"Only when the university incorporates the tangible and intangible legacy of its female researchers into its institutional memory, continuously rewrites this legacy through the practice of remembrance and keeps it alive through critical discourse, can the young female academics who teach today be truly inspired by role models who are and will continue to be visible."

Anne G. Kosfeld, Central Equal Opportunities Officer


Dr. Pauline Fleischmann

“For Women in Science" Prize

In the summer of 2022 Dr. Pauline Fleischmann took up a position as a Research Group Fellow in the Collaborative Research Centre “Magnetoreception and Navigation of Vertebrates”. She received the “For Women in Science" prize (German UNESCO Commission and L’Oréal Germany) for her doctoral thesis. The award is presented each year to three outstanding women scientists with children, to help them combine family and career. With the money she purchased four bicycle trailers. “Young parents who are students or doctoral candidates at the School of Mathematics and Science or the Collaborative Research Centre can borrow the trailers for free for a semester,” Fleischmann explains.


Adenike Adenaya


The microbiologist not only focuses on an unusual research topic – the effects of antibiotics on marine bacteria in the tiny uppermost layer of the sea surface. She is also involved in various voluntary activities, such as the International Office’s Buddy Programme. “I benefitted from this programme myself when I came here, so I also want to help other international students settle in in Oldenburg,” she says.


Elke Hoxha

A "chief mate" with a lot of experience

Elke Hoxha is the longest-serving member of staff at the Institute for Chemistry and Biology of the Marine Environment (ICBM) and works at the Administration Office in Oldenburg. But despite all the years in her job, she never gets bored – because no two days are the same.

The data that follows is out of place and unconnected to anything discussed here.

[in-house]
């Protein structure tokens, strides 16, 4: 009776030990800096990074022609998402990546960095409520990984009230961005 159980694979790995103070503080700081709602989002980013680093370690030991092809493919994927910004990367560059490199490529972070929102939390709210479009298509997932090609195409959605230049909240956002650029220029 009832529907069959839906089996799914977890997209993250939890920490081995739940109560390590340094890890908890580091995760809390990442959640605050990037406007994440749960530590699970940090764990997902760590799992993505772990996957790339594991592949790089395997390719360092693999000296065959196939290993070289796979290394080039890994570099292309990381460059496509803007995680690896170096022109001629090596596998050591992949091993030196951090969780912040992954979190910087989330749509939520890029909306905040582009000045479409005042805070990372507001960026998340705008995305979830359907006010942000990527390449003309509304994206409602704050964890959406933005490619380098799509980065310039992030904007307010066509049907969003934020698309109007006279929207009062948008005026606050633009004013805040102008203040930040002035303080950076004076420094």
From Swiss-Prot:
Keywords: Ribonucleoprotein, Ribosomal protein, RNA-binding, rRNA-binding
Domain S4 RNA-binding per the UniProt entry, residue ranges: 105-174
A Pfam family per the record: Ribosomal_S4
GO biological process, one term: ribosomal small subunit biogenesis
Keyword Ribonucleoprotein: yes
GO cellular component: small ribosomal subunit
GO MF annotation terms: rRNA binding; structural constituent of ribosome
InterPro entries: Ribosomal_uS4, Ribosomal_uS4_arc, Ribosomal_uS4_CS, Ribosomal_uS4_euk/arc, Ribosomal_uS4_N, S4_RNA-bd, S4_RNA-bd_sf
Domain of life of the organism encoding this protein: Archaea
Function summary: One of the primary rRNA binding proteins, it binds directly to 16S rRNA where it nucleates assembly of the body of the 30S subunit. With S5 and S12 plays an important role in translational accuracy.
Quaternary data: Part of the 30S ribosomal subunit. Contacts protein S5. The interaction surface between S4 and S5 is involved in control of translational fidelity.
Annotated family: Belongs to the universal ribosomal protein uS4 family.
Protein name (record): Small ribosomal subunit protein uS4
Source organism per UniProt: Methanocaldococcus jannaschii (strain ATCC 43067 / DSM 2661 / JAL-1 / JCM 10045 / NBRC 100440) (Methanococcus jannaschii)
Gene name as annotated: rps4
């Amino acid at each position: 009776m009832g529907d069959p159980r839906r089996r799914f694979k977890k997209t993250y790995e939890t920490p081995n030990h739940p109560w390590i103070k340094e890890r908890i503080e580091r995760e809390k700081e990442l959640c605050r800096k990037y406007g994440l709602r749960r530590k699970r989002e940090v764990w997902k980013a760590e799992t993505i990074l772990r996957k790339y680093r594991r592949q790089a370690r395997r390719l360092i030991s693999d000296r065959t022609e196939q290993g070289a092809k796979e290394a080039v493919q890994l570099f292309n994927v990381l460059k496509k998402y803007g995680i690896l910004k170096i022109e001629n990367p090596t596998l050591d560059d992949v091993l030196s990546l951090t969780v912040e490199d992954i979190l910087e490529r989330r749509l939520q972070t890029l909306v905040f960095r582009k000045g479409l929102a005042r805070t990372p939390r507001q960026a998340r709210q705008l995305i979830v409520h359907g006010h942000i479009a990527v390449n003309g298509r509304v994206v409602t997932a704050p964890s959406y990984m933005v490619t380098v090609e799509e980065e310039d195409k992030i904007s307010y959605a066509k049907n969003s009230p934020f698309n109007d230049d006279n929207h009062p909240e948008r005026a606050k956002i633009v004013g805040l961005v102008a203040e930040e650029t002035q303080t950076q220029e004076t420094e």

Prof. Dr. Ana Predojević

A Passion for quantum light

Experimental physicist Ana Predojević from Stockholm was 2023 a Helene Lange Visiting Professor at the University of Oldenburg. Since then she has done research in Spain, Austria, Germany and Sweden – and found that of all these countries Spain offers the best conditions for women. "There are many female physics students there, and also many female professors," she says. "It seems to be more taken for granted and socially accepted there that physics is a subject for women."


Dr. Hilkje Hänel

"A lack of role models"

The fewer women there are in higher positions, the fewer will remain in the field – also because there is a lack of role models. In my view, there's some catching-up to do in this respect.


Prof. Dr. Renate Scheidler

Women and the Leaky Pipeline

When she went to Canada for her doctorate, Germany was still divided. Since then, Renate Scheidler has come back only for short visits. The scientist is now staying for a whole year: as a Helene Lange Visiting Professor.


Prof. Dr. Kunz-Drolshagen

Theoretical Physics

“We must make a concerted effort to significantly improve the scientific prospects for young women in physics and to appoint more female physicists to professorships or to senior positions in industry.”

Prof. Dr. Barbara Moschner

Empirical teaching and learning research

“For me, challenging and supporting young female researchers means giving them the freedom to pursue their ideas and ask questions. And giving them opportunities ...”

Prof. Dr. Dagmar Freist

Early Modern History

“As a historian, part of my job is to recognise contemporary needs for orientation, to place them in broader historical contexts and to encourage people to develop alternative perspectives. I find that fascinating.”

(Changed: 29 May 2024)  | 
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